1. People have a ‘manager’ mentality. That is he who is a good motivator, need not possess the ‘technical’ skills to lead a team. Which is why so many people lead with complete cluelessness on what the job entails and typically are completely unrealistic about what the job entails. By the way, I do know of a Sales Director who never did sales – he is now looking for a job because – uh, he couldn’t handle it. I wish the manager mentality would go away also to one that is a mix of tech and manager.
    2. I disagree wholeheartedly about sourcing and recruiting split. Because is is ‘marketing’ and ‘sales’, remember marketing used to be part of sales – it is a new profession relatively. It was more effective to create two entities focused on separate aspects (sourcing) and (closing). I think the separation is good in recruiting because of the focus and differing skill sets required. However, they need to work efficiently together – that is more critical! Josh L. makes a good case for the separation of sourcing and closing.
    3. Nothing replaces the human touch and passion. Using technology as a support mechanism is great, relying on it to do your job is laziness. A brilliant consultant (sarcastic tone) said that with the advent of web 2.0, no salespeople will be needed because people will build relationships thru social media. I nearly choked when she said there were ‘supporting statistics’ for this. Absolutely nothing beats meeting someone in person, sharing vacation stories, or sharing a meal together. It is about relationships, not about LinkedIN connections!

    The only other thing that I would add, is if recruiting wants respect it needs to earn it. If talent acquisition managers act like non-strategic assets, then they will be treated as such. You want a place at the table, show your value – prove your value.

  13. Howard, I respect your work. I quibble with your example of just showing up with a resume.

    In the post 9/11 world, it isn’t so easy to just show up anywhere and get into a building. I remember doing what you’re recommending and it worked. These days, you could be left in the lobby for 3 hours because you’re client has a packed schedule . . .if you can even get in.

    And, then, you meet someone who’s annoyed because you are stealing the four minutes of their schedule when they were going to have lunch, coffee or use the bathroom.

    The simplest new laziness I would point to is the number of recruiters who email and pray their email is read and don’t pick up the phone to call and say what you are asking them to say.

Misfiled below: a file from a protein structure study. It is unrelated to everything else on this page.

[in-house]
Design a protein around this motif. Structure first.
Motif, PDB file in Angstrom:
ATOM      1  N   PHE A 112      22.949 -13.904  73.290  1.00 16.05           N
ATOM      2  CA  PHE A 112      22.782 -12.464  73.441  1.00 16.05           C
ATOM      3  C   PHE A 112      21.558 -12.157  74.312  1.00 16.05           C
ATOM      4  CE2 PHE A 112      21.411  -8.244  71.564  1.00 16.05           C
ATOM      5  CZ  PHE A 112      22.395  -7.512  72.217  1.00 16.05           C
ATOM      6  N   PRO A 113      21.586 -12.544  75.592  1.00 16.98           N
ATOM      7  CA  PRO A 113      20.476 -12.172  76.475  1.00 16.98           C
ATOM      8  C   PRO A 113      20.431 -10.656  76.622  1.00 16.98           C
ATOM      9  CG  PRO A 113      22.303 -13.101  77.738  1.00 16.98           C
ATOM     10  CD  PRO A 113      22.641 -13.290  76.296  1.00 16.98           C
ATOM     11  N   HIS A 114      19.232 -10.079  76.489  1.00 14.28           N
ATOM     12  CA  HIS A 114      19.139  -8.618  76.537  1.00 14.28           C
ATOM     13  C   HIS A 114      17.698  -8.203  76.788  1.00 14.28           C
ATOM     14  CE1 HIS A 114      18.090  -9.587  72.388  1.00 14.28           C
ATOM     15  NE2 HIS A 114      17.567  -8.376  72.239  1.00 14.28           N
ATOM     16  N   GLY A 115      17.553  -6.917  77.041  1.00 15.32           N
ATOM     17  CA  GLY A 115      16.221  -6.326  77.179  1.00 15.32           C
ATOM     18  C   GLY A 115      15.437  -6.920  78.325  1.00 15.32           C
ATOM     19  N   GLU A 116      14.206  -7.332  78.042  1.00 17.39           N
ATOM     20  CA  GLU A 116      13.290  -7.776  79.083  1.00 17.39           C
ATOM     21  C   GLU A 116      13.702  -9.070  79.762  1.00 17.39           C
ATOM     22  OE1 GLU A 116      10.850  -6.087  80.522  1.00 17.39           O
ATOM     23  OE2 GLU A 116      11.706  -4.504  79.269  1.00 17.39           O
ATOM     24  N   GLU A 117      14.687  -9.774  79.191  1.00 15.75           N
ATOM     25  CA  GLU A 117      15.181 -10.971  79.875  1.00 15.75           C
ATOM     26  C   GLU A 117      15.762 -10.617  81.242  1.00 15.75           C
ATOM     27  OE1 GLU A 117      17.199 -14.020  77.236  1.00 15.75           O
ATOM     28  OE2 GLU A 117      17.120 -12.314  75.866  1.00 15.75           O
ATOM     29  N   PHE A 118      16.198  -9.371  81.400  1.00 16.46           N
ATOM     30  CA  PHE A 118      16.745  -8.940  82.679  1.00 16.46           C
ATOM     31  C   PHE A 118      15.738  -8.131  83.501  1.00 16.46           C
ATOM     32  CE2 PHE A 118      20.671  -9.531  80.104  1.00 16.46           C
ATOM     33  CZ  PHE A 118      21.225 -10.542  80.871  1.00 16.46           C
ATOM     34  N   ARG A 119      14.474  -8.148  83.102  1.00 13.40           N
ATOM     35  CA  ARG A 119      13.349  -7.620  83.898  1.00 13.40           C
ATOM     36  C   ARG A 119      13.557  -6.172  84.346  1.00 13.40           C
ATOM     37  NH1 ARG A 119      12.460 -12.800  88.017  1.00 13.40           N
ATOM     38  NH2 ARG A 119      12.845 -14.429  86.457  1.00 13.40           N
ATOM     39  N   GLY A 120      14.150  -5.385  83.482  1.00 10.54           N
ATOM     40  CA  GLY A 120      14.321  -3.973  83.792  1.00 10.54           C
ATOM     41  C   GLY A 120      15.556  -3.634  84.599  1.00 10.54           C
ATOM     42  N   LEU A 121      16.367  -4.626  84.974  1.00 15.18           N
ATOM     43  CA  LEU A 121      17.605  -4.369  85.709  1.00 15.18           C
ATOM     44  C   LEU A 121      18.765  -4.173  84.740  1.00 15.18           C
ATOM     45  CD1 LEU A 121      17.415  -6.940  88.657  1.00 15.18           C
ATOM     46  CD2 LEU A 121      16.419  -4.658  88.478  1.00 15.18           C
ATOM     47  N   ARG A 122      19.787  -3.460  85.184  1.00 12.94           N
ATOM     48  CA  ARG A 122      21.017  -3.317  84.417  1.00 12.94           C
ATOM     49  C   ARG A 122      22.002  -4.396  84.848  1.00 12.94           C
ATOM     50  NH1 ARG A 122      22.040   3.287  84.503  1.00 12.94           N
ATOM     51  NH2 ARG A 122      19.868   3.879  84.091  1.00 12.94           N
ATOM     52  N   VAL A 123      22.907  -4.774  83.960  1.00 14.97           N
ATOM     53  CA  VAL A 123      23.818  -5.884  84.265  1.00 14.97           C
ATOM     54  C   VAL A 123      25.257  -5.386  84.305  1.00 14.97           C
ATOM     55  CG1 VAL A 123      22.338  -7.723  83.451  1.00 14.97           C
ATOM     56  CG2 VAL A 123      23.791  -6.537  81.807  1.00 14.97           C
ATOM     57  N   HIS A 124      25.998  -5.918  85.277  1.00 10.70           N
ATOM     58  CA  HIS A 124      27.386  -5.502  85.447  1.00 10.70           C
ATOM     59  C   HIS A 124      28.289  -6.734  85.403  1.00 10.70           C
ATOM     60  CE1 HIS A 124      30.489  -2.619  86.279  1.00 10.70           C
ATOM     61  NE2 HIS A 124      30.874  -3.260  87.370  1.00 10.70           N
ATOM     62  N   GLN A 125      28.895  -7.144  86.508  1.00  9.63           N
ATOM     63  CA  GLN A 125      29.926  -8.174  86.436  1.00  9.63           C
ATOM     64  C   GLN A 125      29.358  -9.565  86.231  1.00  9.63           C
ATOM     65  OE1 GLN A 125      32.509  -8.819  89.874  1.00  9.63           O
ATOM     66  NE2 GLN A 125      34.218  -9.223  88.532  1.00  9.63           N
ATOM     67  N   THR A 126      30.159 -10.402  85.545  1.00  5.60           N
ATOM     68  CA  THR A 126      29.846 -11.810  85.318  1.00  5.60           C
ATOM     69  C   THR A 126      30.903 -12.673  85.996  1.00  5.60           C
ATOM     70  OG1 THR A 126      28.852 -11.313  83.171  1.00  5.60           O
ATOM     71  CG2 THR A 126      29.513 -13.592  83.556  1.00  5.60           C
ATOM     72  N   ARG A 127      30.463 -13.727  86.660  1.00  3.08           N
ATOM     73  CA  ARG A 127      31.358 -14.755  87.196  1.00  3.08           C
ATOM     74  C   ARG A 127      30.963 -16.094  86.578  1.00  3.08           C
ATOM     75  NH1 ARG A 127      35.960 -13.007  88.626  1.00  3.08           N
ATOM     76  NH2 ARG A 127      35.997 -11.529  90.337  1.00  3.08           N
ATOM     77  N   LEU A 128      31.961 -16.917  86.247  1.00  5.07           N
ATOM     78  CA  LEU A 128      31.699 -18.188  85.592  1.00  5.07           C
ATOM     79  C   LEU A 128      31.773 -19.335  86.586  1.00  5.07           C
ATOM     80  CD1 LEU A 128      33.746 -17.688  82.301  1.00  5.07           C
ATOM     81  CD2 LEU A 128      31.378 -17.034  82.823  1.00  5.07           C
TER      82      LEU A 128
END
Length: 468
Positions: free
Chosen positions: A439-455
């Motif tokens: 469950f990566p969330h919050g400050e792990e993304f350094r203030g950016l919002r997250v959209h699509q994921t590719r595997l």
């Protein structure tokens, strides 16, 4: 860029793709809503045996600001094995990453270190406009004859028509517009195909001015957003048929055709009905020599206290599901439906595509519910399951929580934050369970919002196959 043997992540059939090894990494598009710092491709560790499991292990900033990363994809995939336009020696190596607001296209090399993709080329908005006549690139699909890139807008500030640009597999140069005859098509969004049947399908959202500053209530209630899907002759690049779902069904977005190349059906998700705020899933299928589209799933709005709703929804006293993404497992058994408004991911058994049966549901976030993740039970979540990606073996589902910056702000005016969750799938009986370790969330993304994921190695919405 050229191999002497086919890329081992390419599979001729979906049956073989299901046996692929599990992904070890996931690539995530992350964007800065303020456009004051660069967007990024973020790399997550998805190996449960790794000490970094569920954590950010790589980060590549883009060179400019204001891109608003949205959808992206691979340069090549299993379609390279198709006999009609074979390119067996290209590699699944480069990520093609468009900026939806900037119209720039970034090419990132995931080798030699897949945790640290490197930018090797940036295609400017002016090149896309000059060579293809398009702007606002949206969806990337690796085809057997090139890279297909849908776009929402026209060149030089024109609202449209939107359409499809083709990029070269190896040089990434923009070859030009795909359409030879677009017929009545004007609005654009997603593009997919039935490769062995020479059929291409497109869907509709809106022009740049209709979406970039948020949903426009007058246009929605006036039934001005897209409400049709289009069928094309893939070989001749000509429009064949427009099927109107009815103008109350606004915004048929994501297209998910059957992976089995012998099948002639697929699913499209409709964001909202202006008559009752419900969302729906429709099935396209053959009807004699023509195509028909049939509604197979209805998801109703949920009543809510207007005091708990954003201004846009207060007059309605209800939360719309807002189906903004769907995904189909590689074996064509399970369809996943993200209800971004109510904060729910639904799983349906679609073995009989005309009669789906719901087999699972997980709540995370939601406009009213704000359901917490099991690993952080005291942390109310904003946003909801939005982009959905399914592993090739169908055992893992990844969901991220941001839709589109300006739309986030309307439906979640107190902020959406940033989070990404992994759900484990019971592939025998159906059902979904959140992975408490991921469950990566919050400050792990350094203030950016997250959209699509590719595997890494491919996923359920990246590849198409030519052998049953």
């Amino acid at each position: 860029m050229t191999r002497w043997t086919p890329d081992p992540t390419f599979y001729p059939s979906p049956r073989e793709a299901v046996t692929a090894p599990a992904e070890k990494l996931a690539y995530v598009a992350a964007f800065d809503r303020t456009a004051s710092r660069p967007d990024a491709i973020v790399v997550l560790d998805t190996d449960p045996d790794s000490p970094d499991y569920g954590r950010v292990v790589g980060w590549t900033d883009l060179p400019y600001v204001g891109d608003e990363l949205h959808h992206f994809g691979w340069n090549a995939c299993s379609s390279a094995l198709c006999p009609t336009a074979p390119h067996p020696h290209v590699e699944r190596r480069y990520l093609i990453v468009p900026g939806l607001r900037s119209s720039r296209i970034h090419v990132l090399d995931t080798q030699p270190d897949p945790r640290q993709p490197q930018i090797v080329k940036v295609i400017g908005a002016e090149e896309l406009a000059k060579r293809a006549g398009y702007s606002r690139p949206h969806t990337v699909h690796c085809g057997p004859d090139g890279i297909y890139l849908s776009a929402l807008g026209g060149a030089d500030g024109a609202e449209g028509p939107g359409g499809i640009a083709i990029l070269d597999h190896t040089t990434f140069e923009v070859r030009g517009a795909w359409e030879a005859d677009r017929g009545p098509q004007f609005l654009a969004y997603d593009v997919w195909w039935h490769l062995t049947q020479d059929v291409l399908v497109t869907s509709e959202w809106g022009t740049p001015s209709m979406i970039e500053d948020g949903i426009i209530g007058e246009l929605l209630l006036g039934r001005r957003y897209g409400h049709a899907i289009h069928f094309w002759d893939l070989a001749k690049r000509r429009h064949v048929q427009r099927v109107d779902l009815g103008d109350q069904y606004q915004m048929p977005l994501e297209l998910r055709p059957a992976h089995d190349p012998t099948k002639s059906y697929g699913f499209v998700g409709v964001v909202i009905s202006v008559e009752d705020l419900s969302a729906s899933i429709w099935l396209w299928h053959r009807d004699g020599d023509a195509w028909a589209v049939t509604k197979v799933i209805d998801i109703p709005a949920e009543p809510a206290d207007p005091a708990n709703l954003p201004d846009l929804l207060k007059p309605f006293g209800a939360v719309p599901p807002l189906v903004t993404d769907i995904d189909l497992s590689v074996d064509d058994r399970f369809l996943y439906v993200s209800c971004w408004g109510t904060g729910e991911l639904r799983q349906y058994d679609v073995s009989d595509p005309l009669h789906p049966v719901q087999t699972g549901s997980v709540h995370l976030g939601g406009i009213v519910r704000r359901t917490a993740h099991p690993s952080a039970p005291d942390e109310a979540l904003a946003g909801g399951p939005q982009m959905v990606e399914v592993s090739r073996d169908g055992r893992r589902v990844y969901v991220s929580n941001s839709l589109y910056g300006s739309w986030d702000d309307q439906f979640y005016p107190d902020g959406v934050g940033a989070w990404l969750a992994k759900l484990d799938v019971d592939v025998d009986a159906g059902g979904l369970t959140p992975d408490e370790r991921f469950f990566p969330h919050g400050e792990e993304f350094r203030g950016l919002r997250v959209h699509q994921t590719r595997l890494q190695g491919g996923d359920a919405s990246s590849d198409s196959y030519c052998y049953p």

Or trust that the automatically configured spam filter isn’t catching their emails (My emails to my best client are trapped by the filter despite numerous attempts to correct it).

  14. I’m all in with Paul Davenport’s reply. However, one of his points was almost laughable, and frankly, putting in real numbers would have made his overall point more strongly. Specifically ‘to hand deliver a Candidate takes, let’s say, 15 minutes (including preparation, travel and presentation).’ I would suggest you couldn’t hand deliver a candidate in 15 minutes if the HM were in the same office as you! What if the company is across town, down the Peninsula, in the next county? You’re talking 1/2 day, and you probably won’t get in to see him once you arrive! But, point taken. Good job, Paul.

  15. I’m going to give in to temptation and chime in on this one.

    I’ve had many cases where our recruiters have:

    a) Found/identified an ideal candidate

    b) Were precluded from representing the candidate due to the candidate disclosing have already ‘submitted the resume via the online web system’ directly to the client company.

    In these cases we do not fret as we have substantial business backlog from decades in this industry … but we do keep an eye on how long it takes for ‘Internal Recruiting’ and Management to actually interview these ‘Self-Submitted’ candidates.

    If for nothing else than pure entertainment purposes.

    Time after time we see days turning into weeks and months even though the ‘Candidate is in the system’. Great system huh?

    Just last month I decided to be Good Samaritan and pick up the damn telephone and call a Vice President in the mid-west to alert him of a candidate in ‘his system’ that had languished there for many weeks – with the clear disclosure I was not seeking a fee … only wanting to alert them how stupid they were (stated in kinder/gentler words).

    Sure enough he admitted after logging on to the ‘System’ there was an ideal candidate there. So whey did they not interview this person for nearly one month? As my teen son says – Duh.

    It gets funnier.

    Within one hour of my call (I have a ten year track record of credibility with this person that does not go ignored) the candidate was telephone interviewed and flown out for a second interview within 7 days.

    The candidate received a splendid offer which under normal circumstances should have been accepted.

    Being that offer was presented by a rather inexperienced internal corporate recruiter however, coupled with all else that took place …
    it was rejected.

    So much for how companies can handle it on their own.